Bulgaria ordered to play two games behind closed doors after racist incidents during England game

Gareth Southgate's players were subjected to racist abuse in the 6-0 win in Sofia

Jack Rathborn@JackRathborn
Tuesday 29 October 2019 15:49
Bulgarian journalist claims England match 'was so friendly' as he interrupts Gareth Southgate press conference

Bulgaria have been handed a two-game stadium ban after Uefa found them guilty of racist behaviour against England in their Euro 2020 qualifier earlier this month.

One of the games has been suspended for two years, while they have also been fined £64,641.

A section of supporters at the match in Sofia’s Levski Stadium directed racial abuse at England’s black players, while some were also seen making Nazi salutes.

The punishment exceeds the standard sanction for a second offence at a home match within a period of five years, which would normally be one match behind closed doors.

The sanction means Bulgaria’s qualifier against the Czech Republic on November 17 will be played behind closed doors.

Bulgaria must also display a banner worded “NO TO RACISM” in their next two matches.

The Bulgarian Football Union were officially found guilty of the following charges:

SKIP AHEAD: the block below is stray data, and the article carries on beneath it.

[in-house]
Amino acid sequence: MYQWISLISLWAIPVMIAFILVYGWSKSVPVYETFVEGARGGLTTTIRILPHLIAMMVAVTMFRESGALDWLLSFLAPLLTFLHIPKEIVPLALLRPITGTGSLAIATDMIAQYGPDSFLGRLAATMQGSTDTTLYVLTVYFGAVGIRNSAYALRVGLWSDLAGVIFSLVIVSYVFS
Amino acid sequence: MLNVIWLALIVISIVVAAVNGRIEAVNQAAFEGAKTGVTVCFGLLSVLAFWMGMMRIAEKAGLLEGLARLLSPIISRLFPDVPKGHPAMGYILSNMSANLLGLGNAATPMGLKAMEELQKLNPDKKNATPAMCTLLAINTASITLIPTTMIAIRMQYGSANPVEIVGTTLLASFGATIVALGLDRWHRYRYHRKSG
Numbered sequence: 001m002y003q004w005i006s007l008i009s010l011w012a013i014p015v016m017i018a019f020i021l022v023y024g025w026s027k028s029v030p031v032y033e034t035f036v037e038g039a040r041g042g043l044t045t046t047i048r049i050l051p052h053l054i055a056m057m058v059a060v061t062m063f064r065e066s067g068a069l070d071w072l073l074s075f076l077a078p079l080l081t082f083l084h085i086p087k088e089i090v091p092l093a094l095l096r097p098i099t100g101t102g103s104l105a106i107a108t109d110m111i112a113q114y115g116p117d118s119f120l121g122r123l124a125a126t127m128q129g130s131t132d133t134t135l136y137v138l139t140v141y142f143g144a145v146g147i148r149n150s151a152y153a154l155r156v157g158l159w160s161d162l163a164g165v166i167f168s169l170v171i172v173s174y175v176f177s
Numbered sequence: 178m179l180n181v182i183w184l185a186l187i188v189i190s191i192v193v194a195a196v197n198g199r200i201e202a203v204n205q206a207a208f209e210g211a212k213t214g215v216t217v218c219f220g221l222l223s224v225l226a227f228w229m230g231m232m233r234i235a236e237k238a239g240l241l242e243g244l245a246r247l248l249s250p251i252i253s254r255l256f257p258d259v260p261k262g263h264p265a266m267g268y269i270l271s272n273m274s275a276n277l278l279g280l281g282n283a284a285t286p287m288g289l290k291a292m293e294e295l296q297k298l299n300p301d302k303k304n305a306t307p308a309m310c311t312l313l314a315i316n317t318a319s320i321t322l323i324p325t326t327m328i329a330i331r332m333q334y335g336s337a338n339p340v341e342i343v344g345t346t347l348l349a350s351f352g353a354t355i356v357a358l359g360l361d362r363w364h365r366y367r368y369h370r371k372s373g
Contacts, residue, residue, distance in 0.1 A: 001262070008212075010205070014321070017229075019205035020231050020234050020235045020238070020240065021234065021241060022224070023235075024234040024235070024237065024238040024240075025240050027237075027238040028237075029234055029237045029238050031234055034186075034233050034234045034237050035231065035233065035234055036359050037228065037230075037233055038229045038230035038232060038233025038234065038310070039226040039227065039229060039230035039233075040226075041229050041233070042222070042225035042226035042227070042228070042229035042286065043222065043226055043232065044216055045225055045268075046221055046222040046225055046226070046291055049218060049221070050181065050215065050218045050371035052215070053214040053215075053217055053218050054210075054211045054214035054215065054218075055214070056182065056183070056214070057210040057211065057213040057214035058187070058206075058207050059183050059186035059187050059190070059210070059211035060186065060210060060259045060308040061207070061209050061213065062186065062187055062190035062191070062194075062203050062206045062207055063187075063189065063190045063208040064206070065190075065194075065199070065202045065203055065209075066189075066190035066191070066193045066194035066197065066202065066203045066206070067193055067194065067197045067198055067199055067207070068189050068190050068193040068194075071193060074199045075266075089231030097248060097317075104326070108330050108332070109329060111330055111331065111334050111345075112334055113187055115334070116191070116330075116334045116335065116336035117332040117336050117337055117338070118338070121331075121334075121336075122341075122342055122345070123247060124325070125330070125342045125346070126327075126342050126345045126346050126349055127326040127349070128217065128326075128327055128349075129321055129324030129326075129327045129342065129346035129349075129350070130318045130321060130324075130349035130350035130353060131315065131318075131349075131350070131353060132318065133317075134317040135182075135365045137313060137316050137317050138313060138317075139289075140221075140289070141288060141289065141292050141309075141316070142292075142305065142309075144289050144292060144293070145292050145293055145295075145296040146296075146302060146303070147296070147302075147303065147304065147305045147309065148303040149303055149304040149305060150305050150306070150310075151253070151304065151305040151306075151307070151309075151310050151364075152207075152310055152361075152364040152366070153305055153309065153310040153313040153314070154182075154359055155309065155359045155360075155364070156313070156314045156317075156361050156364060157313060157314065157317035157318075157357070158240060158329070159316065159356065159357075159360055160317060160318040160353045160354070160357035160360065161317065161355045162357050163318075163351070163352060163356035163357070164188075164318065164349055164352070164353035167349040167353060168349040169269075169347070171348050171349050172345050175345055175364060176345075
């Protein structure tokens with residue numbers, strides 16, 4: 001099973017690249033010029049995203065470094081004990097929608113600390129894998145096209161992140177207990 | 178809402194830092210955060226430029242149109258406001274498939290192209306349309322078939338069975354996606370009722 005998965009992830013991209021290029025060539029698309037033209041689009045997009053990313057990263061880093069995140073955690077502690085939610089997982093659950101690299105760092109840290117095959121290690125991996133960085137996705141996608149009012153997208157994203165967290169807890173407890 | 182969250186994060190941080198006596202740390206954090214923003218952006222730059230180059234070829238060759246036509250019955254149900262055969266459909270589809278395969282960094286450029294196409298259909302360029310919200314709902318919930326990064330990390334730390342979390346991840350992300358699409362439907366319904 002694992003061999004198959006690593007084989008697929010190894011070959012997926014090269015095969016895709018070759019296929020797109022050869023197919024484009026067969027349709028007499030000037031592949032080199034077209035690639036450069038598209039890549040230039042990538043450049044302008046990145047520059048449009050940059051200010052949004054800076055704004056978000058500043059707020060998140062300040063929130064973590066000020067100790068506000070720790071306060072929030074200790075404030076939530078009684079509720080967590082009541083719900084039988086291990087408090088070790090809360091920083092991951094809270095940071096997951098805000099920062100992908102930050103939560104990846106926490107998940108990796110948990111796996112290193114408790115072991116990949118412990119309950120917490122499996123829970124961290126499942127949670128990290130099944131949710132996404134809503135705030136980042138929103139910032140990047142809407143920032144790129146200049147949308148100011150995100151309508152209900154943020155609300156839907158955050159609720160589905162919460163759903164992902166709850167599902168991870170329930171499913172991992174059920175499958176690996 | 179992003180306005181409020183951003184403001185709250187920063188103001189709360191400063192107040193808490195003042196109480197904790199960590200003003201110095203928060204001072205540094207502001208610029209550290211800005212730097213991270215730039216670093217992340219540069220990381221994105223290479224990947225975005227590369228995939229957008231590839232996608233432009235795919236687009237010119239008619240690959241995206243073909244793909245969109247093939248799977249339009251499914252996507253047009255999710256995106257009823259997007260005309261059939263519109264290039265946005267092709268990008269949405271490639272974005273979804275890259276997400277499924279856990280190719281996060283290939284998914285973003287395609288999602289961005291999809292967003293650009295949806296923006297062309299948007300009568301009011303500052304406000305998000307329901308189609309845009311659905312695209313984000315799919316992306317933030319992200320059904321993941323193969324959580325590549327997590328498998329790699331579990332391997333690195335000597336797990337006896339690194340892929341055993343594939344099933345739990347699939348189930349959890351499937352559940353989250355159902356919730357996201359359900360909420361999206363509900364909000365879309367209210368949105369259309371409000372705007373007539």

• Racist behaviour – Art. 14 of the UEFA Disciplinary Regulations (DR)

  • Throwing of objects – Art. 16 (2) (b) DR

  • Disruption of national anthem – Art. 16 (2) (g) DR

  • Replays on giant screen – Art. 42 of the UEFA Safety and Security Regulations
England’s Tyrone Mings and teammates in Sofia 

While the English Football Association were also found guilty of causing a disturbance during a national anthem, earning a €5,000 fine.

While The FA insisted a huge challenge still remains despite the ruling.

A statement read: “Following today’s ruling by the independent UEFA Control, Ethics and Disciplinary Body [CEDB], we have issued the following statement: “We sincerely hope the disgraceful scenes in Sofia are never repeated.

“Our priority remains our players, support team and fans and we will do all we can to ensure they never have to endure such circumstances again. “While we acknowledge UEFA’s ruling today, a huge challenge still exists around racism and discrimination in society.

“Football has its part to play, and must do so, but it is for all to recognise the seriousness of the problem.

“While those responsible for such deplorable behaviour at home or abroad need to be held to account, we should not lose sight of the importance of education programmes in finding a long-term solution.

“That has to be the way forward to help address the root cause of such disgusting behaviour. We are ready to build on our work with UEFA, Kick It Out and the FARE network in any positive way we can.”

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